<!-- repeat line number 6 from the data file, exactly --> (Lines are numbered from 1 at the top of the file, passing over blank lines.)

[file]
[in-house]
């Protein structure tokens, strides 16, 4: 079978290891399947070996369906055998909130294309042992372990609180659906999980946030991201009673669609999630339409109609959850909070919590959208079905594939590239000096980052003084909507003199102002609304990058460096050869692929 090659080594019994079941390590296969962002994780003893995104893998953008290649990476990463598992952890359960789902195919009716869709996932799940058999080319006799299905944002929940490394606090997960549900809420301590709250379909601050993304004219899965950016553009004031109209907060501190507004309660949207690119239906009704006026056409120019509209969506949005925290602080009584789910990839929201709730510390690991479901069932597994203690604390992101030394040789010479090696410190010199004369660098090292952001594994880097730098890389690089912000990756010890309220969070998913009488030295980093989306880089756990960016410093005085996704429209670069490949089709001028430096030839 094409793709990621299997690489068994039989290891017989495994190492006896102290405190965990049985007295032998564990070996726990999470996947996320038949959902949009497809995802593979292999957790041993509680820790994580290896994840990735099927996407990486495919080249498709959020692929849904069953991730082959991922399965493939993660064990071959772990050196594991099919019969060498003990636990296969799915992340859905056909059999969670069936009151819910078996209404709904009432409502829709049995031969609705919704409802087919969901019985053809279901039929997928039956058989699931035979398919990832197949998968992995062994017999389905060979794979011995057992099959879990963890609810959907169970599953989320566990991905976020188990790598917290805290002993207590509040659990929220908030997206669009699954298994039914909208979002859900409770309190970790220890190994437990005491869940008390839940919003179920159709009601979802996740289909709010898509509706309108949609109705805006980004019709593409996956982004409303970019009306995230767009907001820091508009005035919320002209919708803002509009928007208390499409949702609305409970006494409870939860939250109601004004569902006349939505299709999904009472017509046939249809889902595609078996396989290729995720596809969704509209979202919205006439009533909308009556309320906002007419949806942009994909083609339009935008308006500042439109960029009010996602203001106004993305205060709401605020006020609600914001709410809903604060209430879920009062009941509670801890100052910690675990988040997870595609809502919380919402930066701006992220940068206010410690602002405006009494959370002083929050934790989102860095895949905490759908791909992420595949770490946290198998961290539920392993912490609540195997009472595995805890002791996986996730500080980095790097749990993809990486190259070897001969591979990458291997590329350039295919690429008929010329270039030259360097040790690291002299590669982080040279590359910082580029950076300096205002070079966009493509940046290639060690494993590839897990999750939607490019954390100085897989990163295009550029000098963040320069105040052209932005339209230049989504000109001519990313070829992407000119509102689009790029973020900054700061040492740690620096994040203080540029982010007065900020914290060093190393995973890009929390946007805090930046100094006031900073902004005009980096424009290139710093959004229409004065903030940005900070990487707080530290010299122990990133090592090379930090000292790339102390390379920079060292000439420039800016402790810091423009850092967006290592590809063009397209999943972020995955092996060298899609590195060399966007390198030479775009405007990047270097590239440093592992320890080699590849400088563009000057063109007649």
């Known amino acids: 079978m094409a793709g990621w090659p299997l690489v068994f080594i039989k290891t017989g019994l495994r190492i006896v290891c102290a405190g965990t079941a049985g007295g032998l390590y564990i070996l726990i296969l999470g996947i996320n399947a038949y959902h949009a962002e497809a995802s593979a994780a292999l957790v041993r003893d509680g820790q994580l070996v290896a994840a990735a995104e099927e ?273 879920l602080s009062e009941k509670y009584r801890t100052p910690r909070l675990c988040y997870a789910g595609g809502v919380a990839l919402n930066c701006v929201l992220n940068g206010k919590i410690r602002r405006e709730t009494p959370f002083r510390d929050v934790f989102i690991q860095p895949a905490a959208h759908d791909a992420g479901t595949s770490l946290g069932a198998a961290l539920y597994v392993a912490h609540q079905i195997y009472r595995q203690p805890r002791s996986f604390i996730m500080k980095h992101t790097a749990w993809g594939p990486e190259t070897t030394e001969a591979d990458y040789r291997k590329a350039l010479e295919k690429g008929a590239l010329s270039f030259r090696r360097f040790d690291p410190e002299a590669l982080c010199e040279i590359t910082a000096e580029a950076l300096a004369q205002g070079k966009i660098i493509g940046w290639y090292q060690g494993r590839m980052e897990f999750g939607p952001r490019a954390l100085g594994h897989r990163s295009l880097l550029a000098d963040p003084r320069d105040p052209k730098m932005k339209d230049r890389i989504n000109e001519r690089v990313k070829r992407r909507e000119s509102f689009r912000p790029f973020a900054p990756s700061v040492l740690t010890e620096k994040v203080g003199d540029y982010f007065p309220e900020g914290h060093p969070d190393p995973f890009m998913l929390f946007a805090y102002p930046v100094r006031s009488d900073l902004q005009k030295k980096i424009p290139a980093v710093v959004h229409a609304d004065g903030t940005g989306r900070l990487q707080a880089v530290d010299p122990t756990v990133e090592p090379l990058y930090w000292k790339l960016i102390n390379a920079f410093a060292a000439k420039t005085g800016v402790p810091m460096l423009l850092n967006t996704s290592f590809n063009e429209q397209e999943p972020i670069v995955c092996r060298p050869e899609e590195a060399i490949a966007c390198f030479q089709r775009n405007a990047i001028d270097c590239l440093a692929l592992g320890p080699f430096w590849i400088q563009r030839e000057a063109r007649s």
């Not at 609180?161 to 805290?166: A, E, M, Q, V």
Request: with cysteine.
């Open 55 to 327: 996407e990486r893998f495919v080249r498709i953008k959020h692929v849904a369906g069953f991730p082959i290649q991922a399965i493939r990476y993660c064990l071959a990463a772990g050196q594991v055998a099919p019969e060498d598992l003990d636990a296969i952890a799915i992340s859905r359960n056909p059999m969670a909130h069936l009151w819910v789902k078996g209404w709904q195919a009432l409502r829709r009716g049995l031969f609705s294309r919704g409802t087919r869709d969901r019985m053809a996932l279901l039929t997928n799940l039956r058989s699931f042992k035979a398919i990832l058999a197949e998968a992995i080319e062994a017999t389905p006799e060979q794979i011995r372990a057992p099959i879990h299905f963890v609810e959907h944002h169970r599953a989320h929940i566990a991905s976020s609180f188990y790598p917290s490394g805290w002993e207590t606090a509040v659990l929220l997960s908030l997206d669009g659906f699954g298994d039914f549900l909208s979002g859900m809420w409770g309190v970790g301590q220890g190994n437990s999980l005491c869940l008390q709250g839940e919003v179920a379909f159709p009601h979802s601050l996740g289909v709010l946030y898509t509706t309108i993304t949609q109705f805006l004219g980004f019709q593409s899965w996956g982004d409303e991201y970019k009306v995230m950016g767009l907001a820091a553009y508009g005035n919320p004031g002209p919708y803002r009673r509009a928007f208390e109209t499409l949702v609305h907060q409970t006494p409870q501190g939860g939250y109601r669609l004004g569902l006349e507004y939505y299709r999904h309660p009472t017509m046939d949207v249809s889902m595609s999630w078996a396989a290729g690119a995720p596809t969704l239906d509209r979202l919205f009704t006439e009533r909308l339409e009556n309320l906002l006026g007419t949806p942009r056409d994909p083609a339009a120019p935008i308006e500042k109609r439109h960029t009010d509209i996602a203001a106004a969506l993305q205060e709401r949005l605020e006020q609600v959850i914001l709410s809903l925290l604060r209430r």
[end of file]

């Open 55 to 327: 996407e990486r893998f495919v080249r498709i953008k959020h692929v849904a369906g069953f991730p082959i290649q991922a399965i493939r990476y993660c064990l071959a990463a772990g050196q594991v055998a099919p019969e060498d598992l003990d636990a296969i952890a799915i992340s859905r359960n056909p059999m969670a909130h069936l009151w819910v789902k078996g209404w709904q195919a009432l409502r829709r009716g049995l031969f609705s294309r919704g409802t087919r869709d969901r019985m053809a996932l279901l039929t997928n799940l039956r058989s699931f042992k035979a398919i990832l058999a197949e998968a992995i080319e062994a017999t389905p006799e060979q794979i011995r372990a057992p099959i879990h299905f963890v609810e959907h944002h169970r599953a989320h929940i566990a991905s976020s609180f188990y790598p917290s490394g805290w002993e207590t606090a509040v659990l929220l997960s908030l997206d669009g659906f699954g298994d039914f549900l909208s979002g859900m809420w409770g309190v970790g301590q220890g190994n437990s999980l005491c869940l008390q709250g839940e919003v179920a379909f159709p009601h979802s601050l996740g289909v709010l946030y898509t509706t309108i993304t949609q109705f805006l004219g980004f019709q593409s899965w996956g982004d409303e991201y970019k009306v995230m950016g767009l907001a820091a553009y508009g005035n919320p004031g002209p919708y803002r009673r509009a928007f208390e109209t499409l949702v609305h907060q409970t006494p409870q501190g939860g939250y109601r669609l004004g569902l006349e507004y939505y299709r999904h309660p009472t017509m046939d949207v249809s889902m595609s999630w078996a396989a290729g690119a995720p596809t969704l239906d509209r979202l919205f009704t006439e009533r909308l339409e009556n309320l906002l006026g007419t949806p942009r056409d994909p083609a339009a120019p935008i308006e500042k109609r439109h960029t009010d509209i996602a203001a106004a969506l993305q205060e709401r949005l605020e006020q609600v959850i914001l709410s809903l925290l604060r209430r």